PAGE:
Morning Report: 26 June 2018
26th June 2018 By: Ranko Berich
GBP. Sterling rallied against the dollar but posted losses versus the euro yesterday. The movement came despite little data released and few positive UK headlines. Investors wait and see if Jonathan Haskel, the man to replace the Monetary Policy Committee’s hawk that is Ian McCafferty, will give any sign of his monetary policy stance when he speaks later today at the Official Monetary and Financial Institutions Forum in London at 10:30 BST. With the voting recently shifting to 6-3 in last week’s monetary policy meeting, the outlook for a rate hike this year may take a knock if one of the hawkish members is replaced by a dove.
EUR. Euro experienced again how it is to top the G10 currency board as the single currency advanced in a day that also saw a broad equity sell-off across various markets. The German Ifo Business climate scored poorly at the headlines, falling to 101.8 in June, though the details provide some base for positivity. The decline in the most important leading sub-index, the expectations index, finally halted. It should be noted that, when analysed by sector, the German Trade sector’s business expectations turned negative for the first time in 3 and a half years, showing the impact of growing uncertainty over trade. With little on the calendar today ahead of the EU summit on Thursday, investors will keep a close eye on how global trade tensions play out, with the EU and China singing from the same hymn sheet in retaliation to the US protectionist policies.
USD. The dollar traded mixed yesterday, with the euro and Japanese yen posting the biggest gains in a broad risk off day, whilst the greenback made ground against the commodity based G10 currencies. The possibilities of a trade war continue to mount with China’s President Xi Jinping stating “in our culture, we punch back” yesterday in regards to further trade restrictions threatened by the Trump administration. Little has yet to be imposed since the steel and aluminium tariffs, with the US 25% tariff on $38bn of the $50bn proposed coming into action on July 6th, but rhetoric and threats have continued to build. Equity markets took a hit globally yesterday, with the FTSE100 down 2.24% on the day, NASDAQ down 2.09%, whilst Asian markets have opened on the back foot today. The risk off move filtered into US fixed income markets too with the spread between the 2 and 10 year Treasury yields reaching a fresh year-to-date low as investors piled into the later tenor security to protect against growing risk, pushing the back end of the curve down.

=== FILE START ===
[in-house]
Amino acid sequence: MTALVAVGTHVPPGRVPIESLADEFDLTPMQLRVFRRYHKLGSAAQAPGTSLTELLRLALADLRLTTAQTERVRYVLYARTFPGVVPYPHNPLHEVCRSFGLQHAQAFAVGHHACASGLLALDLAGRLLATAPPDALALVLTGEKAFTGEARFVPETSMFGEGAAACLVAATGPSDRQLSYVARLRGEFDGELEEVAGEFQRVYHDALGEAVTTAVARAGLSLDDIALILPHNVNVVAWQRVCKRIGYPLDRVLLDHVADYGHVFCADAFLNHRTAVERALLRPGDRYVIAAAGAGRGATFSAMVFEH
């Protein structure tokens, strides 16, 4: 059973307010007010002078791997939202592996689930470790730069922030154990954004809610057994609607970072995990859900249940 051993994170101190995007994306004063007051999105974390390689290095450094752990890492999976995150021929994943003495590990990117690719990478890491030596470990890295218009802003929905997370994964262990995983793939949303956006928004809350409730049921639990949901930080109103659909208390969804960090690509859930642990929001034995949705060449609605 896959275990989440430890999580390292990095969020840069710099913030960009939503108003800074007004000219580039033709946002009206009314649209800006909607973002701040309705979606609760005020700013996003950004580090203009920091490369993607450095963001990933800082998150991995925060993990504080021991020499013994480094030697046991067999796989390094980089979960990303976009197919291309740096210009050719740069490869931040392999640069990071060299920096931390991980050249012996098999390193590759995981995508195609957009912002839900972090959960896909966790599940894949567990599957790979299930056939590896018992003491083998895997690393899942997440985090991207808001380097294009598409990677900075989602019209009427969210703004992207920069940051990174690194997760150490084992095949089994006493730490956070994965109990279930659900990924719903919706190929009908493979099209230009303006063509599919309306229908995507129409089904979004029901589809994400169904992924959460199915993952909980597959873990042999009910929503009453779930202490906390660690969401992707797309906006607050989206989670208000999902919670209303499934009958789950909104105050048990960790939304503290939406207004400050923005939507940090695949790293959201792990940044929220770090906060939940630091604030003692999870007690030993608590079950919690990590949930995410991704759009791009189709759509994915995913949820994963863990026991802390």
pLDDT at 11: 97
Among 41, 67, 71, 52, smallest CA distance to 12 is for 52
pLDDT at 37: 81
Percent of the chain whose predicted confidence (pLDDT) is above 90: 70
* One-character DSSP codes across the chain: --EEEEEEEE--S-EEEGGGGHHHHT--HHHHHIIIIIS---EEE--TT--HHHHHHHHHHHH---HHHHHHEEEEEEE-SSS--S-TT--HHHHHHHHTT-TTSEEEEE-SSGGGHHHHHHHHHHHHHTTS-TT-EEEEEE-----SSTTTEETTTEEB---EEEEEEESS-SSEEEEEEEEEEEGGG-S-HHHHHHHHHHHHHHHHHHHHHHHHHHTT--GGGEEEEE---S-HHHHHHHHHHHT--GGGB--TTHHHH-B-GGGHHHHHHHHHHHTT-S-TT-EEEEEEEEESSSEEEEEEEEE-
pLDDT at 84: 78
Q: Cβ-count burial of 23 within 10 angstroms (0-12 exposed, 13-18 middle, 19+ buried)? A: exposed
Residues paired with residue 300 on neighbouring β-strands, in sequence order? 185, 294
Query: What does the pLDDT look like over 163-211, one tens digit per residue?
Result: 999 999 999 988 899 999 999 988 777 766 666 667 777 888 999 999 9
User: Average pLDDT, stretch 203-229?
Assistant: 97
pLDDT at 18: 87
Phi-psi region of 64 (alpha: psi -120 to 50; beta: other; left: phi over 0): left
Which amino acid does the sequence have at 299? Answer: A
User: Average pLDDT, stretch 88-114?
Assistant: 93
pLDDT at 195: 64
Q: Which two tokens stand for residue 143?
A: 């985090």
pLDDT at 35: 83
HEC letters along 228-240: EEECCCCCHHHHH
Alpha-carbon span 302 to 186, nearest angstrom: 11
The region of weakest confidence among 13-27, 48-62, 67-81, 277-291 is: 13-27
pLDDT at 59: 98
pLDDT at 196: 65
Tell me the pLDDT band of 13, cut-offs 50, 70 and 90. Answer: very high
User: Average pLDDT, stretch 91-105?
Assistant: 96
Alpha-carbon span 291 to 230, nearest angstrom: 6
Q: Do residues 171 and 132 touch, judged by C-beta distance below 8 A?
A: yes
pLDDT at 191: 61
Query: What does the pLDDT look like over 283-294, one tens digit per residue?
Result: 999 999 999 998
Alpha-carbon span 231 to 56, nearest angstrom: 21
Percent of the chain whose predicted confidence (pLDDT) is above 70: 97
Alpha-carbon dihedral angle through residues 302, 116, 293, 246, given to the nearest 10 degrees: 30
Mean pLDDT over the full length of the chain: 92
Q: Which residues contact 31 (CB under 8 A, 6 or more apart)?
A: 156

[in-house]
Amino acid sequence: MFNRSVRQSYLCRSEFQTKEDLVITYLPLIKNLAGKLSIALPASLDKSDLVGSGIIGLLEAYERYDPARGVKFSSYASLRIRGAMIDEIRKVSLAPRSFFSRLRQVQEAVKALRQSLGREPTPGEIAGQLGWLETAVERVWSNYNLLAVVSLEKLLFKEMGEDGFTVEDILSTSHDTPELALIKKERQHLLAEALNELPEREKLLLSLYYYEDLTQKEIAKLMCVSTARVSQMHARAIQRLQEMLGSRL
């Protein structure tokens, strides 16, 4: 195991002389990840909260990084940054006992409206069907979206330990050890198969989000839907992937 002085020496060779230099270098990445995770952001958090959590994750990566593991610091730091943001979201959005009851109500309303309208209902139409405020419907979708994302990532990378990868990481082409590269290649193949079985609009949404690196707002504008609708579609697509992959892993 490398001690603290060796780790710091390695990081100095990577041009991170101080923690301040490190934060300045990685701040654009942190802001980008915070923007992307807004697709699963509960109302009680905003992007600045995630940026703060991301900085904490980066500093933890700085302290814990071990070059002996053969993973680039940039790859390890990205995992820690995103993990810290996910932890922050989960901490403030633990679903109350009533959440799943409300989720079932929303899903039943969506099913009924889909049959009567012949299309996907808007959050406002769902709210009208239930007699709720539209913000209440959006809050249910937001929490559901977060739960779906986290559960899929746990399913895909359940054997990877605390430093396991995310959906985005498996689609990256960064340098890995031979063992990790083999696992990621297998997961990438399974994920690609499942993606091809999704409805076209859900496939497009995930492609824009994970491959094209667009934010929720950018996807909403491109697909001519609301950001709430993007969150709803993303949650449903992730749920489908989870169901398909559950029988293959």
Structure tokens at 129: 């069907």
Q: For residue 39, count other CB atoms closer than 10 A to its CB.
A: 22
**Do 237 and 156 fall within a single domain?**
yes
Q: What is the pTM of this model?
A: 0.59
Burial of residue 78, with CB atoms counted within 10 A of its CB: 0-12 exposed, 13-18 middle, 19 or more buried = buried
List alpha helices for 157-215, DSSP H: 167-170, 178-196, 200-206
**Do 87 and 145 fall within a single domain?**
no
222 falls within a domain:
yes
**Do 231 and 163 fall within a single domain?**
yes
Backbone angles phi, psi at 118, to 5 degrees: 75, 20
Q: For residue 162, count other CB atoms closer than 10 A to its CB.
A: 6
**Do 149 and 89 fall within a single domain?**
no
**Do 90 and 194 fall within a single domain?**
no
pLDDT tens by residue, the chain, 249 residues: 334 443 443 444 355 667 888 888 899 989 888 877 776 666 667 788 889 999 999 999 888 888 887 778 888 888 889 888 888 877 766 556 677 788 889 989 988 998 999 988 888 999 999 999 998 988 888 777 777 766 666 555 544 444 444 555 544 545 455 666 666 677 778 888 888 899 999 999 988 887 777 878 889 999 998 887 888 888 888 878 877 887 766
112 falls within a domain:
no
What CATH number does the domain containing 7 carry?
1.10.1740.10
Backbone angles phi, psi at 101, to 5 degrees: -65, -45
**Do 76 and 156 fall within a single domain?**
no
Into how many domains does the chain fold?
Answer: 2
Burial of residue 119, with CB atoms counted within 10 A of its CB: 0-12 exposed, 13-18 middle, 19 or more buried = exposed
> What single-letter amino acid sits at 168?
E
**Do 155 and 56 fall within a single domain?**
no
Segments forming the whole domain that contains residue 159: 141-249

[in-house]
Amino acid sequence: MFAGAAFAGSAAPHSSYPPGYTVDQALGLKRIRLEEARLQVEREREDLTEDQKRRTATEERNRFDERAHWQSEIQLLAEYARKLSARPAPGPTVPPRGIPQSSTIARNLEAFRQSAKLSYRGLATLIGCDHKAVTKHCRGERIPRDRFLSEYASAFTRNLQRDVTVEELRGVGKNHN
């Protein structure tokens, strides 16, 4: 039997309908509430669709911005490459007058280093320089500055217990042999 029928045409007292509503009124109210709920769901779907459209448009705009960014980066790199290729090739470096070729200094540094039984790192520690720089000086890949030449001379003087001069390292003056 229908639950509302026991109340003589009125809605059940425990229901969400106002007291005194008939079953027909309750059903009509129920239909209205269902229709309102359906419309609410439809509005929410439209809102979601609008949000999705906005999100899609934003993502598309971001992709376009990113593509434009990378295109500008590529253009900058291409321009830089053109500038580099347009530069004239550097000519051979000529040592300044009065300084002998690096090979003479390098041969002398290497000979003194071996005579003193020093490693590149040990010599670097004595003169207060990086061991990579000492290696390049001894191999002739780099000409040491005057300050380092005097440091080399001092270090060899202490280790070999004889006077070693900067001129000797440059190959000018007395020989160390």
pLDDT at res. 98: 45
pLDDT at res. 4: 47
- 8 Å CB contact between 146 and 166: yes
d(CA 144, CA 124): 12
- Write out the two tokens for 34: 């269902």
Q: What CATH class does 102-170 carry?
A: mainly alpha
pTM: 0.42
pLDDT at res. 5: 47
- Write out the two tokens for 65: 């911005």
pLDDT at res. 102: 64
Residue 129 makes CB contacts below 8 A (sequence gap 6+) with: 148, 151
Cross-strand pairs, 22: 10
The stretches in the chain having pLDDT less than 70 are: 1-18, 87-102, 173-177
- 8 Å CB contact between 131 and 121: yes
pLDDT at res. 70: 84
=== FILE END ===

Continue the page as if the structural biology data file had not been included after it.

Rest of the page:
CAD. The loonie suffered throughout the day as trade tensions do not appear to abide any time soon, WTI crude oil prices decreased slightly and a wave of general risk off sentiment rolled over markets worldwide. Meanwhile, the chance for a July rate hike by the Bank of Canada stabilised just above 50%, coming down from 80% earlier, now Friday’s poor data and persisting trade tensions cloud the outlook for the Canadian economy.
- Financial Times: BMW warns Brexit could force UK plant closures. BMW will be forced to close its UK plants if the company cannot quickly and reliably import components from mainland Europe after Britain leaves the EU, one of the German carmaker’s senior directors has warned.
- Wall Street Journal: Trade Rift Within Trump Administration Sends Stocks on Wild Ride. Bitter fights over trade within the Trump administration again broke into the open, driving wild swings in the stock market as the White House’s top trade adviser clashed with the Treasury secretary over restrictions on foreign investment.
- Reuters: Brexit halves new investment in British car industry, auto industry lobby says. Uncertainty over Brexit has halved new investment in the British car industry as Prime Minister Theresa May’s government current plans for trade after Britain leaves the EU are unrealistic, the biggest car manufacturing lobby said on Tuesday.